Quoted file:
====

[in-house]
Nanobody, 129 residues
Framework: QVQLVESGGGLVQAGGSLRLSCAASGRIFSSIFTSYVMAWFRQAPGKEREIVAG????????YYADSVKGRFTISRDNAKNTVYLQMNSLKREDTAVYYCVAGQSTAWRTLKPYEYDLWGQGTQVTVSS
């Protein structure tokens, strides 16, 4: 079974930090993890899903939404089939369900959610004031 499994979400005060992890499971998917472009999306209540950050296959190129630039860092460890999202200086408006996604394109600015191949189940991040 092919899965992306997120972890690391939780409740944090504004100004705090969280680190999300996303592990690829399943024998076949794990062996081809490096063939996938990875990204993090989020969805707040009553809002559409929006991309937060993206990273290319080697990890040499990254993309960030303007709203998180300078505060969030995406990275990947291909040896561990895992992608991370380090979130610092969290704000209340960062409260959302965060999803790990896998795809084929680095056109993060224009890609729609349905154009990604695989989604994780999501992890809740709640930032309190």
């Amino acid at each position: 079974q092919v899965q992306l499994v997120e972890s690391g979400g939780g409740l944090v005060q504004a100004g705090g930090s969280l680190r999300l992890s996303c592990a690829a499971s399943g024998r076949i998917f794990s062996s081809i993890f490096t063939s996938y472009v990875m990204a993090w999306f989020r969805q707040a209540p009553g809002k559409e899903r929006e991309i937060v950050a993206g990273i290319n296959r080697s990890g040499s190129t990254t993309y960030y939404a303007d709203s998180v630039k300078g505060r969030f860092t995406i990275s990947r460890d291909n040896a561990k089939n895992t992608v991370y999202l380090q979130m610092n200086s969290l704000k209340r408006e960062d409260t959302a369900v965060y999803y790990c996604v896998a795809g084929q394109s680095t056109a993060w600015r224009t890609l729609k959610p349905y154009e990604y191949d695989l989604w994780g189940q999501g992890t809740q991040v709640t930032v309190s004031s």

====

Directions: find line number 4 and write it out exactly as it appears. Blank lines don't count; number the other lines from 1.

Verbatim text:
């Protein structure tokens, strides 16, 4: 079974930090993890899903939404089939369900959610004031 499994979400005060992890499971998917472009999306209540950050296959190129630039860092460890999202200086408006996604394109600015191949189940991040 092919899965992306997120972890690391939780409740944090504004100004705090969280680190999300996303592990690829399943024998076949794990062996081809490096063939996938990875990204993090989020969805707040009553809002559409929006991309937060993206990273290319080697990890040499990254993309960030303007709203998180300078505060969030995406990275990947291909040896561990895992992608991370380090979130610092969290704000209340960062409260959302965060999803790990896998795809084929680095056109993060224009890609729609349905154009990604695989989604994780999501992890809740709640930032309190």